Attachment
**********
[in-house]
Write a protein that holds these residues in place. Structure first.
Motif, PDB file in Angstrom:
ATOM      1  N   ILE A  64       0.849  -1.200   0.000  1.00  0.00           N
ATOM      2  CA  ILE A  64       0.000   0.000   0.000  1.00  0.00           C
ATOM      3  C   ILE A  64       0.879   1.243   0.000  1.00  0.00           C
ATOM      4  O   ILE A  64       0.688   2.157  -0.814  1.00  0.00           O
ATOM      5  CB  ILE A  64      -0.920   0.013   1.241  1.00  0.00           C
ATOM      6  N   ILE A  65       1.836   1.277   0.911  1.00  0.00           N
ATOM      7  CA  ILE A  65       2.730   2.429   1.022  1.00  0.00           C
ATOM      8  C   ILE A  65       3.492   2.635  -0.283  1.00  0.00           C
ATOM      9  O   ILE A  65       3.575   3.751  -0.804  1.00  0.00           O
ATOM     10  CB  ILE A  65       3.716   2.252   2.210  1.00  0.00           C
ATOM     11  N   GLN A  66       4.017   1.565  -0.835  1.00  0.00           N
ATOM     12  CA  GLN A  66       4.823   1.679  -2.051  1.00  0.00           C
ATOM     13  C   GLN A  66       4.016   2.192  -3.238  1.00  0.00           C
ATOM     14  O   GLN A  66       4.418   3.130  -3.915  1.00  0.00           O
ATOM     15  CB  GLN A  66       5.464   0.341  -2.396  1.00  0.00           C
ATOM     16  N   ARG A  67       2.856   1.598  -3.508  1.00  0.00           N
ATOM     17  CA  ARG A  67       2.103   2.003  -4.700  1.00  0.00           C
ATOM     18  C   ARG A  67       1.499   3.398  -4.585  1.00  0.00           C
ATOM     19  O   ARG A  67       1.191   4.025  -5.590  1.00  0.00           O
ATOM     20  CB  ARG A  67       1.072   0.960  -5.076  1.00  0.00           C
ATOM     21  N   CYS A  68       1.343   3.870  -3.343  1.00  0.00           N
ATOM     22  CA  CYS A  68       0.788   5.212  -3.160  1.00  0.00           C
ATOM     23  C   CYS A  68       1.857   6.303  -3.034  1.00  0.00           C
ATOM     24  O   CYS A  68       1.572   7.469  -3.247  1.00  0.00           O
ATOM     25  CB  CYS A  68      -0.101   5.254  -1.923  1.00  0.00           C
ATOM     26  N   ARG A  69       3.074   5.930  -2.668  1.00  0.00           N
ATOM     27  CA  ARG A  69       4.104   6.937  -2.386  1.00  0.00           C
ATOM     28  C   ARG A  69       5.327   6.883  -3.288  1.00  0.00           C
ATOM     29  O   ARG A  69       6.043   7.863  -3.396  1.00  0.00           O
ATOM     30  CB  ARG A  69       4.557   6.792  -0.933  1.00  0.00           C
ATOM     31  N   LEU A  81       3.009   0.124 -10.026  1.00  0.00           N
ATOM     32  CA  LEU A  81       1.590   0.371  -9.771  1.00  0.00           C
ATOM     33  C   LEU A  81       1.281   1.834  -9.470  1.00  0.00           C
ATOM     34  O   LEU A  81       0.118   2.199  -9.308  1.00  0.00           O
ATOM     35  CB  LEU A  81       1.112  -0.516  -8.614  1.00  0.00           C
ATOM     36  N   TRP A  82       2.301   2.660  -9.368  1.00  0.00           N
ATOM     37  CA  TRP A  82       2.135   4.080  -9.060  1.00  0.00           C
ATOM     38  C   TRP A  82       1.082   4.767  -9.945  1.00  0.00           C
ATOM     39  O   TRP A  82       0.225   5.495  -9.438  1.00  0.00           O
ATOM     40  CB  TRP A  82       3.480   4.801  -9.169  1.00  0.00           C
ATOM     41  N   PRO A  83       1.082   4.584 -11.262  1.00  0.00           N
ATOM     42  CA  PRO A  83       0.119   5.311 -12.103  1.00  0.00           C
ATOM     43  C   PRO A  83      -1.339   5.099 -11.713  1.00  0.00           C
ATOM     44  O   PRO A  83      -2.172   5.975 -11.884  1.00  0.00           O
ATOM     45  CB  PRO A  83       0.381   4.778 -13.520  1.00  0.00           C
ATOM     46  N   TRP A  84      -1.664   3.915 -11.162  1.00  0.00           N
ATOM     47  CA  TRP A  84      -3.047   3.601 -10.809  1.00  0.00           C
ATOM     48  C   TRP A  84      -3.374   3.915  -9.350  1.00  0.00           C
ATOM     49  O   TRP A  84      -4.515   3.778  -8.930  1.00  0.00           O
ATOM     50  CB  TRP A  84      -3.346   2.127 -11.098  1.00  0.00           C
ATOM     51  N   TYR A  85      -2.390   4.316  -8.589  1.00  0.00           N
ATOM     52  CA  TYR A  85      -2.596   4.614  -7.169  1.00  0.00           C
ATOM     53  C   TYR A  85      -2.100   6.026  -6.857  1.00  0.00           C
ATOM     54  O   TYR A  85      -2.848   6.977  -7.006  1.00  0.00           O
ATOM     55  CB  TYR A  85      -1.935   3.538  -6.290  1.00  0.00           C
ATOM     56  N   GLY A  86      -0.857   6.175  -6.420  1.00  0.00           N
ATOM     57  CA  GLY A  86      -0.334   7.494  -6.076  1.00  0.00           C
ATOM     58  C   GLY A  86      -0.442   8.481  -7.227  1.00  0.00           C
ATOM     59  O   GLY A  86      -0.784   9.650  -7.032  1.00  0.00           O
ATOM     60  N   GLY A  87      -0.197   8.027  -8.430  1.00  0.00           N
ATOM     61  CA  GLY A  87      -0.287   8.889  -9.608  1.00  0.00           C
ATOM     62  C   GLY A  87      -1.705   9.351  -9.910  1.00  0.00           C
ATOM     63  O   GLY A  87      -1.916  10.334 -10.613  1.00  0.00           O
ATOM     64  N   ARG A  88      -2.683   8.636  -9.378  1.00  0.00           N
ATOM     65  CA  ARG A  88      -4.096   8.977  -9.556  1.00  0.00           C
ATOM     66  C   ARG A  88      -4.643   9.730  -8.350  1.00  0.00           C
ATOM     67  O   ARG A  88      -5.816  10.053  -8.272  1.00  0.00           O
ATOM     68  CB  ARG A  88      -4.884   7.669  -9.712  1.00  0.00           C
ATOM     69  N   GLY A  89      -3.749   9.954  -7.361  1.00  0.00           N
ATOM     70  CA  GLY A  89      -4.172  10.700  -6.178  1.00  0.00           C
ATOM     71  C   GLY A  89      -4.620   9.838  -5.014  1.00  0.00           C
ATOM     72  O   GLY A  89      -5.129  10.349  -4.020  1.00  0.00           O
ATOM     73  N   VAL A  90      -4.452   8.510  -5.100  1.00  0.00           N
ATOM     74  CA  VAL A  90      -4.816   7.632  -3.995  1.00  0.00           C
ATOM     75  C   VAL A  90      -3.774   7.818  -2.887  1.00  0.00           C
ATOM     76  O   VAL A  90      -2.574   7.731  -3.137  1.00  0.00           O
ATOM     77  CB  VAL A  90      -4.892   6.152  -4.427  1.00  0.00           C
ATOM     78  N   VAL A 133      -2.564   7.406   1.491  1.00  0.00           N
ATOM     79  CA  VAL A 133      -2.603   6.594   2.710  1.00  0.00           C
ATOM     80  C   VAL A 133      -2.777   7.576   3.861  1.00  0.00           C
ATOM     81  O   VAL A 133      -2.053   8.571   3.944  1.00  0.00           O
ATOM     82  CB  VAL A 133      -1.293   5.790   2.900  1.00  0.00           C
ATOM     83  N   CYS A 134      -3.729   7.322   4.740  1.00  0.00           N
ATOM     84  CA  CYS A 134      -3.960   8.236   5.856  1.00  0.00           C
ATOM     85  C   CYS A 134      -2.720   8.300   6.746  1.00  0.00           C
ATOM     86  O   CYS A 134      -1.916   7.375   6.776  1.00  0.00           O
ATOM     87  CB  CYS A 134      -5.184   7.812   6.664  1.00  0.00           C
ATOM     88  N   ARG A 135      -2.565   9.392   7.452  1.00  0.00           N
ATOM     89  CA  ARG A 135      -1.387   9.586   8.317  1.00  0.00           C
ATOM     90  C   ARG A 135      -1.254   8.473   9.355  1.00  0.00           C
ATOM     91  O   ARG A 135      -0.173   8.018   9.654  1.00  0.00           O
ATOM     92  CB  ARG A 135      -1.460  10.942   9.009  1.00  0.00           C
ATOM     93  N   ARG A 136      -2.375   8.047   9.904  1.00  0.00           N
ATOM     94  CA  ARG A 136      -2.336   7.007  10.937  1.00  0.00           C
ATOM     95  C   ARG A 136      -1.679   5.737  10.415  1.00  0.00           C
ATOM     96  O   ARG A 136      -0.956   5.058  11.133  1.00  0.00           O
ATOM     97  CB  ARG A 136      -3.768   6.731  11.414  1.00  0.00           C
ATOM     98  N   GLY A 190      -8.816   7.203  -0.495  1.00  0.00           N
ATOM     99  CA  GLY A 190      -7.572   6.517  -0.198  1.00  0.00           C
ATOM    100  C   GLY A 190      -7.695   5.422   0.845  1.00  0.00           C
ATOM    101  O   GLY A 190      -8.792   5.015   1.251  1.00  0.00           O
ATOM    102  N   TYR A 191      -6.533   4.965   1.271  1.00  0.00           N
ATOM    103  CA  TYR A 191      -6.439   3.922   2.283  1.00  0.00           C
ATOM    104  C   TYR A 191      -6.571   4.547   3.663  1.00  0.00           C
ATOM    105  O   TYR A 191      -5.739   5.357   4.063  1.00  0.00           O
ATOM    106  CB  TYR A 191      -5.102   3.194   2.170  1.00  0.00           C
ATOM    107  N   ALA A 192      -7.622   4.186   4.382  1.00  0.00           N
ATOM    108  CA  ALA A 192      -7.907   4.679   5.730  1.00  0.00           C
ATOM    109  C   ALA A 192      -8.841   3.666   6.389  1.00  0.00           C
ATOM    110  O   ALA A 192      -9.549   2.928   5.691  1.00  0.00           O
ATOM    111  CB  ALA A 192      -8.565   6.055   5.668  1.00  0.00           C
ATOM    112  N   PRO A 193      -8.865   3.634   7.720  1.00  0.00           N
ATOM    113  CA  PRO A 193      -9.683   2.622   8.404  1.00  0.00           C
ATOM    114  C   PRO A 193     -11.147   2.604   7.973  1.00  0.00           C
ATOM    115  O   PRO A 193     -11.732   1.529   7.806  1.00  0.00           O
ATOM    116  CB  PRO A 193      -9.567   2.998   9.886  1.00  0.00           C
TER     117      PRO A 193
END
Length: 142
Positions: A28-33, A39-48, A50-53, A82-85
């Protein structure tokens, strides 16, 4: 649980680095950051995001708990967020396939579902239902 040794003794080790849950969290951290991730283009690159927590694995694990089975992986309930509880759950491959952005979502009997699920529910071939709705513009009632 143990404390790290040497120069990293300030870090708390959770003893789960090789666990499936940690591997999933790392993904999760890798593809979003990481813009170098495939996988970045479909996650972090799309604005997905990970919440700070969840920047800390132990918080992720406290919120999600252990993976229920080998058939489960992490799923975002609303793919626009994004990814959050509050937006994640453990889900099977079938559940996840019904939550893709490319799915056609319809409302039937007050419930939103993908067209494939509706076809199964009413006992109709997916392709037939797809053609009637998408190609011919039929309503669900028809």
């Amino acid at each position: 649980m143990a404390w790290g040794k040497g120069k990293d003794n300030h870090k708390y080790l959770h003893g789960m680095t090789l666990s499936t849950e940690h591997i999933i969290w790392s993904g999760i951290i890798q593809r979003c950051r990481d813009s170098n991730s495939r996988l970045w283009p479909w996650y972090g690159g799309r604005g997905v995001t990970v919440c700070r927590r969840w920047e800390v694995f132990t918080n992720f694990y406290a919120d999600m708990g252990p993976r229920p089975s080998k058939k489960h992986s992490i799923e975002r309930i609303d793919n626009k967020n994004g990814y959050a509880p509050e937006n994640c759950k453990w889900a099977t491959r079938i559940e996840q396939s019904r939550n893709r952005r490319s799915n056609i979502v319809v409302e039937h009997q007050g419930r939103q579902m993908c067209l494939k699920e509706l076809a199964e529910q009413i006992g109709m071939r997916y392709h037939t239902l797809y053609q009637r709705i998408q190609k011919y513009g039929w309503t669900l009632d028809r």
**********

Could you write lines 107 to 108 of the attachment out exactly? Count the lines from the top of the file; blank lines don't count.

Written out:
ATOM    104  C   TYR A 191      -6.571   4.547   3.663  1.00  0.00           C
ATOM    105  O   TYR A 191      -5.739   5.357   4.063  1.00  0.00           O